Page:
The Holy City is a hotspot for family vacations—not to mention for clans who plant roots here to live year-round. And while the beautiful beaches flanking the peninsula are a major draw for travelers with kiddos, downtown Charleston holds many treasures that children of all ages can enjoy. Here, we’ve rounded up our favorite family-friendly places, whether you reside in the Lowcountry or are a visitor looking to live like a local while you’re here.
Hampton Park (30 Mary Murray Dr.): For a more off-the-beaten-path green space, head north to Hampton Park, located just east of The Citadel Military College of South Carolina. Filled with picturesque trails, a historic bandstand, a duck-filled pond, and climbable oaks, time will merrily roll by in this 60-acre park. On the eastern side of it, there’s a playground for young tykes, and just one block north east of the park is a dog park where your furry friends can romp around off leash.
South Carolina Aquarium (100 Aquarium Wharf): You could spend a full day exploring this harborside hotspot, which contains animal species found all throughout the Palmetto State—from the mountains to the coast. There’s a touch tank where kids can get their hands on invertebrates like sea urchins and starfish; a stingray petting station; a LEGO exhibit (featuring impressive animal sculptures formed from the colorful blocks); and the “Kids Coast” room, where hands-on schematic systems your children will love—and learn from—wait. You can’t miss the towering two-story ocean tank where Caretta, a 220-pound loggerhead turtle, swims with sharks and schools of fish.
Children’s Museum of the Lowcountry (25 Ann St.): This tucked-away gem—located just off bustling King Street—is a must-stop for families. With room upon room of interactive play stations designed to spark creativity, learning, and joy among kids of all ages, it’s a haven for infants, toddlers, pre-K students, and beyond (not to mention for parents wanting a stint in some AC). In one room, kids can climb aboard a pirate ship; in another, they fill a cart with faux produce from a farmer’s market. The museum has plans for expanding, meaning even more fun will be waiting for your little ones soon.
Joe Riley Waterfront Park (1 Vendue Range): Home to the Pineapple Fountain, Joe Riley Waterfront Park is an iconic corner of the Charleston peninsula. In the spring and summer, kids should don their swimsuits to splash about in the Pineapple Fountain or the second fountain located at the north entrance of the park (right off Vendue Range). The Waterfront Park Pier juts far out into the Charleston Harbor—offering stunning views of the Cooper River and Arthur Ravenel Jr. Bridge—and holds oversized swinging benches the whole family can fit on. If you can convince the family to wake up early enough, the vintage park benches lining the harbor are the best seats in the city for the sunrise.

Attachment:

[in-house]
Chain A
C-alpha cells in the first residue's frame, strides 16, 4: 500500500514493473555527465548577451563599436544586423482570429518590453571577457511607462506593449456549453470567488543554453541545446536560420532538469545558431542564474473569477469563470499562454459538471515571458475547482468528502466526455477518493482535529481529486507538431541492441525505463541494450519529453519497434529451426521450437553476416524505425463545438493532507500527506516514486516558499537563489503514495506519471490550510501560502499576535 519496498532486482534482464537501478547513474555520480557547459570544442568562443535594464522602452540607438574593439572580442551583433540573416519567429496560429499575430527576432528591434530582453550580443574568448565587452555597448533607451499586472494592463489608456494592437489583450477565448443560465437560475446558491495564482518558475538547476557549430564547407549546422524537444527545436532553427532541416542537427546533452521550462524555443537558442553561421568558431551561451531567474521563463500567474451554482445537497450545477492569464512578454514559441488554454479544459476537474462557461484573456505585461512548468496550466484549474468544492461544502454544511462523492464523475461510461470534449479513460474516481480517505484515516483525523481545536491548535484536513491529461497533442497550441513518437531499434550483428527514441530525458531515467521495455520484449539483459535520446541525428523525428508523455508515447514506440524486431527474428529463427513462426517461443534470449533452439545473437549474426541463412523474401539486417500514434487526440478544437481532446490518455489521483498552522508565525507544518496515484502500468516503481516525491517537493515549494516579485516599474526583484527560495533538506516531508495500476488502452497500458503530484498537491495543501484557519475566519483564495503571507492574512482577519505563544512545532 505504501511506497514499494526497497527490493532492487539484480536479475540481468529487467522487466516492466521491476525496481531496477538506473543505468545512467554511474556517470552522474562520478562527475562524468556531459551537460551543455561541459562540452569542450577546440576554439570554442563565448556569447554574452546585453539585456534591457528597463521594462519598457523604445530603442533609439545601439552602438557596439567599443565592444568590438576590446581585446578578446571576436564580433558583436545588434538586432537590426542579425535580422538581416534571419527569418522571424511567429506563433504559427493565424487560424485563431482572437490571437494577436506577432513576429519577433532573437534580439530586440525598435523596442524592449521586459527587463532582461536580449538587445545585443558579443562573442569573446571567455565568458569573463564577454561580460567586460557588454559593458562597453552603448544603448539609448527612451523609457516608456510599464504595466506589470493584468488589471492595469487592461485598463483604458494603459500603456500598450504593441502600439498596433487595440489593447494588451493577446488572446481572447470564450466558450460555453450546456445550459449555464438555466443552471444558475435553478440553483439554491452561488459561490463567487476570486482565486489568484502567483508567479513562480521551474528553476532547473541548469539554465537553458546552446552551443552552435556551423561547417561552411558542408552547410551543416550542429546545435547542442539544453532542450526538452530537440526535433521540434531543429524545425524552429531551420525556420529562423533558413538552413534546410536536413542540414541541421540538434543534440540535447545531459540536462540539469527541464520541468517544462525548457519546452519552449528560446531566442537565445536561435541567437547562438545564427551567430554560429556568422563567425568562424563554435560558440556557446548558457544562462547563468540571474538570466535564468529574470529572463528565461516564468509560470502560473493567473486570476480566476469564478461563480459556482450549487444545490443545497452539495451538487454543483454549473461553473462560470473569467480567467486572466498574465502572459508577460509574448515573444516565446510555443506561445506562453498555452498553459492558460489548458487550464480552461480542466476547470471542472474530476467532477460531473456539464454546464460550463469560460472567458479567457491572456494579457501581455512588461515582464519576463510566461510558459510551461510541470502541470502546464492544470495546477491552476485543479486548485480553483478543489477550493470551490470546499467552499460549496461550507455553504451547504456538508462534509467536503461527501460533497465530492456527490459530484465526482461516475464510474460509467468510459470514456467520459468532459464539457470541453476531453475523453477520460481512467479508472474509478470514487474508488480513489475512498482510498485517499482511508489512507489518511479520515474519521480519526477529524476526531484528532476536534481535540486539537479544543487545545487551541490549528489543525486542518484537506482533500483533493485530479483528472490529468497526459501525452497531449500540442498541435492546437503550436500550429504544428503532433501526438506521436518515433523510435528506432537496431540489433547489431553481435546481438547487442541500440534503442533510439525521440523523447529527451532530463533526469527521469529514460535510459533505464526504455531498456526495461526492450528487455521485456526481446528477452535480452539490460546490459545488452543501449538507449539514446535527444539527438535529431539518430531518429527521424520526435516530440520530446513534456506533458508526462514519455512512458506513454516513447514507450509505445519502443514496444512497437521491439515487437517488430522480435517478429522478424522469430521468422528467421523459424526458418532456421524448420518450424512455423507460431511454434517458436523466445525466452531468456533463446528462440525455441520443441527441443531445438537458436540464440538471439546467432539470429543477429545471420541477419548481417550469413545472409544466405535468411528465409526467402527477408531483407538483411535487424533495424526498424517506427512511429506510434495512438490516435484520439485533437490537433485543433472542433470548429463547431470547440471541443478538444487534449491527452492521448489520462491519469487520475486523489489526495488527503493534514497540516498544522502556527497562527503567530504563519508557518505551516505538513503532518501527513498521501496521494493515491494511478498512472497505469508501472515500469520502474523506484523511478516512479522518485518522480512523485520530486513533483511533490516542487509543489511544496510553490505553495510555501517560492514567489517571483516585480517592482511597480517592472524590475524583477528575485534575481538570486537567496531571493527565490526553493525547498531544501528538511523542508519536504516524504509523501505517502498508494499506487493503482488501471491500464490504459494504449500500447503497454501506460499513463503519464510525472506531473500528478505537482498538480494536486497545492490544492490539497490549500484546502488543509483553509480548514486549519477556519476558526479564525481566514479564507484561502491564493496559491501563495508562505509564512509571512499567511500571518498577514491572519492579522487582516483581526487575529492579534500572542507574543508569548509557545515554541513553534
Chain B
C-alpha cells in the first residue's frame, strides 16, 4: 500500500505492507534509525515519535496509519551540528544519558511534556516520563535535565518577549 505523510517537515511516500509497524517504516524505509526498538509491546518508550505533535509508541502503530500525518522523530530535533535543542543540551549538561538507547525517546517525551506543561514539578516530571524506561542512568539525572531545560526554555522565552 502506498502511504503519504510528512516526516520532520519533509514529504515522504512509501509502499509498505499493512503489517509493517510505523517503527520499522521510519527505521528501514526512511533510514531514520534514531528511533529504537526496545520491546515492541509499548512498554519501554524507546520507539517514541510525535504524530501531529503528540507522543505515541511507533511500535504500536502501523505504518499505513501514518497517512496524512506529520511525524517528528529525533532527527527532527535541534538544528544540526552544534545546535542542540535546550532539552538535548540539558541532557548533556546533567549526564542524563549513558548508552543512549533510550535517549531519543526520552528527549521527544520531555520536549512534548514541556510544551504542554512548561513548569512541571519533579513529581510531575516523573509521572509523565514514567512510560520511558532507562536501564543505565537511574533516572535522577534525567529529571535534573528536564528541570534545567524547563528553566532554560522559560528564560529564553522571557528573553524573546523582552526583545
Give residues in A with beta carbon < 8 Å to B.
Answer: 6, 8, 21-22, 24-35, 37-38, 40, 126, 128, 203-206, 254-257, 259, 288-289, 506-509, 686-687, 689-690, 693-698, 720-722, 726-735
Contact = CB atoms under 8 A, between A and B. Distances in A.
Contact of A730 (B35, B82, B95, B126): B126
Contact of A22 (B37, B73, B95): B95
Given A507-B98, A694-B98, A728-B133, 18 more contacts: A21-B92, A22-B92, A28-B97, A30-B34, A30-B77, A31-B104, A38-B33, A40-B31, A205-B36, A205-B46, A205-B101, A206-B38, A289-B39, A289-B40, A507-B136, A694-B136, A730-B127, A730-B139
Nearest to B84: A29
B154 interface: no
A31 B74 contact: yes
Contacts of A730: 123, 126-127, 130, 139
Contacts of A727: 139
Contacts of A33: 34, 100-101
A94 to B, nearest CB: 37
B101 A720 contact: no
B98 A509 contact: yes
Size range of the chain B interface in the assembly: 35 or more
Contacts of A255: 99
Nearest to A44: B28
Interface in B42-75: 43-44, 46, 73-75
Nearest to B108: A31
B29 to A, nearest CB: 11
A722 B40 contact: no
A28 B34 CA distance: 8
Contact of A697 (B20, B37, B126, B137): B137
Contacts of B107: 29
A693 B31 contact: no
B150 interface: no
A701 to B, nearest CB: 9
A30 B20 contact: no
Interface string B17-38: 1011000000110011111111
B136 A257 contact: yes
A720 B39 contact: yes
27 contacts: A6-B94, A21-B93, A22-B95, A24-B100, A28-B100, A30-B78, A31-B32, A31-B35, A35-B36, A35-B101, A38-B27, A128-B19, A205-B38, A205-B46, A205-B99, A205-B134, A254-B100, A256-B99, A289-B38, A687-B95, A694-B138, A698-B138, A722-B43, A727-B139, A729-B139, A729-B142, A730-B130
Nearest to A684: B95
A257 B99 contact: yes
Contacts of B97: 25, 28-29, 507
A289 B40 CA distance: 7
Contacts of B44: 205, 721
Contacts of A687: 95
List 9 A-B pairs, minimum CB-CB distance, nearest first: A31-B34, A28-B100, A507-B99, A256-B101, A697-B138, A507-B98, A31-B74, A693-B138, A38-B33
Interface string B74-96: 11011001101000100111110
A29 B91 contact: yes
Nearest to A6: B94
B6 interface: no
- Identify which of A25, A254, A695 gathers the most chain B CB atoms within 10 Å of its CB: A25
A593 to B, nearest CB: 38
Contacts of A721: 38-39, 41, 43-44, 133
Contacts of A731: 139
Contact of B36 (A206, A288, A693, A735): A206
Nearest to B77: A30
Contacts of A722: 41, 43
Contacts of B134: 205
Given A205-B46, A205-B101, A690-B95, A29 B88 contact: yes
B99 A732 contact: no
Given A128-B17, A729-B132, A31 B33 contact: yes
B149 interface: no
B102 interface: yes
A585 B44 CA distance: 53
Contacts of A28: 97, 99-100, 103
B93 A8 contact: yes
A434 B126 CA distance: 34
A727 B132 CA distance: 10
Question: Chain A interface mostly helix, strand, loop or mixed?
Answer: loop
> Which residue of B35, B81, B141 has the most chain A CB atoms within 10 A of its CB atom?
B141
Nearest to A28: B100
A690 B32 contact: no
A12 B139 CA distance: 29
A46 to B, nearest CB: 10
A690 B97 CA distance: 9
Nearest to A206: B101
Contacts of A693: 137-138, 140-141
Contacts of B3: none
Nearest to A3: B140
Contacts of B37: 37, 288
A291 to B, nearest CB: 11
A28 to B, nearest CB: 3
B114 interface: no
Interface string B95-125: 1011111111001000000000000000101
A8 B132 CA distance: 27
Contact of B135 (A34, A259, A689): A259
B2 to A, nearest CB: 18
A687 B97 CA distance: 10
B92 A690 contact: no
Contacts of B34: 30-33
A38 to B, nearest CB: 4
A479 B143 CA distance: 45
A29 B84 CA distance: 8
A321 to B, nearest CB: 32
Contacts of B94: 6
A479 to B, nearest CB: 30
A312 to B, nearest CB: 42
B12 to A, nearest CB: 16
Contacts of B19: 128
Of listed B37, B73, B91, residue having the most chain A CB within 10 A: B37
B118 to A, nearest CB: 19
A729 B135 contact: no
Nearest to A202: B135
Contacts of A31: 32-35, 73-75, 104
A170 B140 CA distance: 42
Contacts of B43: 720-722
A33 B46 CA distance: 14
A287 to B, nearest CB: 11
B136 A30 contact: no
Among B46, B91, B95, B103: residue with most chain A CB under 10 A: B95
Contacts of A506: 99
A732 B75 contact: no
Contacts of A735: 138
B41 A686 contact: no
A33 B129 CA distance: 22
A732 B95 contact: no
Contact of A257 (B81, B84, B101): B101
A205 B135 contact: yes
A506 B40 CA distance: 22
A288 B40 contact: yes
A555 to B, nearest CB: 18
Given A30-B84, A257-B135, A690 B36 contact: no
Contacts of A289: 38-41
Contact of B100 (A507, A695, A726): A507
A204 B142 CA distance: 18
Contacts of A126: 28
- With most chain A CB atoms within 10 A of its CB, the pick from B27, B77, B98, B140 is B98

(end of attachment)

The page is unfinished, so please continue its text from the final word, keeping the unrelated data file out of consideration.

Hazel Parker Playground (70 East Bay St.): Less than half a mile south of Waterfront Park is a shady playground that kids can enjoy, complete with swings, slides, and on. It also holds tennis courts and a baseball field for those wanting to add some sport to their day, plus a dog park for the four-legged family members. Another boon? This playground boasts a public restroom: a hard-to-find necessity for a day of downtown exploring.
White Point Garden (2 Murray Blvd.): From Hazel Parker Playground, keep trekking south down East Bay Street (which turns into East Battery Street) and you’ll pass the famed Rainbow Row (a postcard-perfect series of pastel-hued row houses). Continue and you’ll find yourself strolling along the Battery—the seawall that stands between land and the Charleston Harbor—which curves around White Point Gardens, a 5.7-acre grassy public park that marks the southernmost tip of the Charleston peninsula. Kids can climb atop historic cannons and dance in the bandstand located at the center of the park; parents will enjoy reading the placards that explain the site’s significance in the Civil War.
Workshop (1503 King St.): Downtown Charleston holds many a family-friendly restaurant, but there’s one place that’s especially well suited for families needing to refuel. Located in the Upper Neck of downtown is Workshop: a food court-style concept offering a handful of rotating restaurants, Edmund’s Oast Brewing Co., tons of seating both indoors and out, and a grassy space where energetic kids can run amok.